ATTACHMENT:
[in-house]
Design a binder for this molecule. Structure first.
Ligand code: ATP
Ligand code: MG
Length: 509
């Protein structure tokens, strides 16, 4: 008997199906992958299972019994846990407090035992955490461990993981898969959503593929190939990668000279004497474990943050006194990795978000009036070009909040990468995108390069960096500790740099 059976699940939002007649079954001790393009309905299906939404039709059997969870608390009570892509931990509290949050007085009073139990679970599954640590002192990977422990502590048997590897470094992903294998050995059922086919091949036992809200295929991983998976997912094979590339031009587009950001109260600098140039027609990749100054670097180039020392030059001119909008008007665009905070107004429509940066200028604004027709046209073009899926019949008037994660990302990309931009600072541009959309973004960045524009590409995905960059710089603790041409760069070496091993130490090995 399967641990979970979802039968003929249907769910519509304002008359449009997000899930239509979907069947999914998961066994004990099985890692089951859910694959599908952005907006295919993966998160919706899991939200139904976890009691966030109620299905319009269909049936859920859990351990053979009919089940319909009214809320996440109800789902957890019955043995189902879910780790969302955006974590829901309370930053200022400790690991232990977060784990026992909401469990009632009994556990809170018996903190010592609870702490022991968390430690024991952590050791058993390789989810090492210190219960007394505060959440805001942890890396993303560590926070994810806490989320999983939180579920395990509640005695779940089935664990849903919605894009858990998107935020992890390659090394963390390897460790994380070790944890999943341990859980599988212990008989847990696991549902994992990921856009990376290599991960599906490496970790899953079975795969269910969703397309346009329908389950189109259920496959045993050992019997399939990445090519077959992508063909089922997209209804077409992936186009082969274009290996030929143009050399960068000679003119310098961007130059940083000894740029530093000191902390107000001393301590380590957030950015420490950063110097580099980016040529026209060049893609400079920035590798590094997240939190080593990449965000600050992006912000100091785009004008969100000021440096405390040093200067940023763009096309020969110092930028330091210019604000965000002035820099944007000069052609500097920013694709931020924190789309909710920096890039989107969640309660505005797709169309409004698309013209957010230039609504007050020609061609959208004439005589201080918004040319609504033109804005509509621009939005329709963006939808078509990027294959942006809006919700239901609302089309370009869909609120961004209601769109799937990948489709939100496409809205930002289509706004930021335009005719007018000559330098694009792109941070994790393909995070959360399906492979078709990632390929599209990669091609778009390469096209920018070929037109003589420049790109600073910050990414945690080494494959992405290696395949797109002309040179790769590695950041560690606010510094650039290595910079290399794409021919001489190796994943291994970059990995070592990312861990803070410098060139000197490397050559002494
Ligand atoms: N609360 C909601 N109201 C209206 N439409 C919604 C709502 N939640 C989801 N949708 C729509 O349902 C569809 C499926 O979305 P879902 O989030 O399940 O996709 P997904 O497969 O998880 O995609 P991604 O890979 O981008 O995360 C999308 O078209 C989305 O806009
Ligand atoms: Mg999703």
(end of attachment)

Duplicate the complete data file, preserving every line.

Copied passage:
[in-house]
Design a binder for this molecule. Structure first.
Ligand code: ATP
Ligand code: MG
Length: 509
């Protein structure tokens, strides 16, 4: 008997199906992958299972019994846990407090035992955490461990993981898969959503593929190939990668000279004497474990943050006194990795978000009036070009909040990468995108390069960096500790740099 059976699940939002007649079954001790393009309905299906939404039709059997969870608390009570892509931990509290949050007085009073139990679970599954640590002192990977422990502590048997590897470094992903294998050995059922086919091949036992809200295929991983998976997912094979590339031009587009950001109260600098140039027609990749100054670097180039020392030059001119909008008007665009905070107004429509940066200028604004027709046209073009899926019949008037994660990302990309931009600072541009959309973004960045524009590409995905960059710089603790041409760069070496091993130490090995 399967641990979970979802039968003929249907769910519509304002008359449009997000899930239509979907069947999914998961066994004990099985890692089951859910694959599908952005907006295919993966998160919706899991939200139904976890009691966030109620299905319009269909049936859920859990351990053979009919089940319909009214809320996440109800789902957890019955043995189902879910780790969302955006974590829901309370930053200022400790690991232990977060784990026992909401469990009632009994556990809170018996903190010592609870702490022991968390430690024991952590050791058993390789989810090492210190219960007394505060959440805001942890890396993303560590926070994810806490989320999983939180579920395990509640005695779940089935664990849903919605894009858990998107935020992890390659090394963390390897460790994380070790944890999943341990859980599988212990008989847990696991549902994992990921856009990376290599991960599906490496970790899953079975795969269910969703397309346009329908389950189109259920496959045993050992019997399939990445090519077959992508063909089922997209209804077409992936186009082969274009290996030929143009050399960068000679003119310098961007130059940083000894740029530093000191902390107000001393301590380590957030950015420490950063110097580099980016040529026209060049893609400079920035590798590094997240939190080593990449965000600050992006912000100091785009004008969100000021440096405390040093200067940023763009096309020969110092930028330091210019604000965000002035820099944007000069052609500097920013694709931020924190789309909710920096890039989107969640309660505005797709169309409004698309013209957010230039609504007050020609061609959208004439005589201080918004040319609504033109804005509509621009939005329709963006939808078509990027294959942006809006919700239901609302089309370009869909609120961004209601769109799937990948489709939100496409809205930002289509706004930021335009005719007018000559330098694009792109941070994790393909995070959360399906492979078709990632390929599209990669091609778009390469096209920018070929037109003589420049790109600073910050990414945690080494494959992405290696395949797109002309040179790769590695950041560690606010510094650039290595910079290399794409021919001489190796994943291994970059990995070592990312861990803070410098060139000197490397050559002494
Ligand atoms: N609360 C909601 N109201 C209206 N439409 C919604 C709502 N939640 C989801 N949708 C729509 O349902 C569809 C499926 O979305 P879902 O989030 O399940 O996709 P997904 O497969 O998880 O995609 P991604 O890979 O981008 O995360 C999308 O078209 C989305 O806009
Ligand atoms: Mg999703």